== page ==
You might be wondering “What do the social protests in the Middle East and global biodiversity loss share in common?” First, thanks for asking. Second, this article intends to explain this unusual connection.
Since December 2010 protests have effectively taken place in 17 Middle Eastern countries (including Jordan, Israel, and Palestine). Each country has had a distinctive reason to protest, whether it is political freedoms, unemployment, cost of living, government reform, housing affordability, extreme poverty, demographic factors, self determination, a combination of the above or all of the above. However there is one large resonating theme that continues to be echoed through the streets of Cairo, Amman, Tel Aviv, Damascus, Tunis, Doha, and more. This message is being heard around the world, “The People Demand Social Justice!”
Global biodiversity has been on a steady, sharp decline since the 1960s. Species of plants and animals on our planet are disappearing at a rate that is 50-100 times greater than that of natural extinction. The direct causes of these losses are due to climate change, over-harvesting, habitat loss and alteration, and pollution and pathogenic incursions. However, these causes are result of the true culprit: socio-economic drivers. The biodiversity loss that we are witnessing is a result of demographic change, poverty and inequality, consumption, public policies, ineffective governance, macro-economic policy, social change and unsustainable development. And unfortunately our current strategies for preventing biodiversity loss aren’t working.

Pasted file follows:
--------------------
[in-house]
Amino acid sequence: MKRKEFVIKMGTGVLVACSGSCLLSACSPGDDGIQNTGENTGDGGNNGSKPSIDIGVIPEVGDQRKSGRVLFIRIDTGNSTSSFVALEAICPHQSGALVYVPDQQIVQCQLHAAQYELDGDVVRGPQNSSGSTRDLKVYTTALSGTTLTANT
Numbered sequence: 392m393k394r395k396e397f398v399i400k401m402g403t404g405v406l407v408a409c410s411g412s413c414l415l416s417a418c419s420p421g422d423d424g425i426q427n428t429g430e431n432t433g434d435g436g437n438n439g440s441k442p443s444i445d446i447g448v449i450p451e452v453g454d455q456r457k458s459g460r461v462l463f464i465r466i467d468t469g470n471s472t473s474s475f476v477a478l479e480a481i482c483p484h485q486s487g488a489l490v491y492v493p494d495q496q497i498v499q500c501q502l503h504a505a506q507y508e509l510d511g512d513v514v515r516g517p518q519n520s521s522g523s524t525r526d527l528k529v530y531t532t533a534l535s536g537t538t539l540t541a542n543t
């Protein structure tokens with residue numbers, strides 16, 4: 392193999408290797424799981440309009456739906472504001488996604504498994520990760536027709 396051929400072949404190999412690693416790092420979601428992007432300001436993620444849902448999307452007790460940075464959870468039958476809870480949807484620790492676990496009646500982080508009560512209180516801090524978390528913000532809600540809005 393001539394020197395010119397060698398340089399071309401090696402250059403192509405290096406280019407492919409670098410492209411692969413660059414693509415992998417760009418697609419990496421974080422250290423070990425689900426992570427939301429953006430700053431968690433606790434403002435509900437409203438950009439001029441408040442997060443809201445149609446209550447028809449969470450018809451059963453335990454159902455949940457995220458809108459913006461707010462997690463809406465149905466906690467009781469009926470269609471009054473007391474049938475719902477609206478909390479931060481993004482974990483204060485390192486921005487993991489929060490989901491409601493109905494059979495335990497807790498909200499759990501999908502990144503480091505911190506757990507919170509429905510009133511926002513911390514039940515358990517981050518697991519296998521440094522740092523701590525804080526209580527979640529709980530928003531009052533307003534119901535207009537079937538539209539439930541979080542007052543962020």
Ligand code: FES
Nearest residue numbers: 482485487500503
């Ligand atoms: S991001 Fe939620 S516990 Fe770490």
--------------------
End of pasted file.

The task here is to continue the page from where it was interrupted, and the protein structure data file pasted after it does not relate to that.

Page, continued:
To answer the question, social protests in the Middle East and global biodiversity loss share in common the need for social justice. Many of the same factors that are causing the social upheaval in the Middle East are the same factors that contribute to the onslaught of global biodiversity loss.
This brings us to the next question. How do we advance an agenda of social justice to both reverse biodiversity loss and increase the quality of living of the residents of the Middle East? This is an even more complex question than the previously stated, which many activists around the world and in the Middle East are trying to answer.
One answer may be found from international organizations such as the United Nations, who points towards sustainable development, which “requires the integration of economics, environment, and social components… facilitated by continuous dialogue and action in global partnerships” as the solution. This requirement demands a uniquely crafted cooperation between states, economic justice, social justice and environmental justice.
In these historic days of citizen empowerment, it is crucial that organizations like Friends of the Earth Middle East continue to work everyday with their Jordanian, Israeli, and Palestinian partners to advance sustainable development, to promote a fair share of our natural resources between people and the environment, and at the same time work towards rehabilitating and protecting our environmental heritage.
 Wood, et al. (2002). The Root Causes of Biodiversity Loss. London, UK: Earthscan Publications Ltd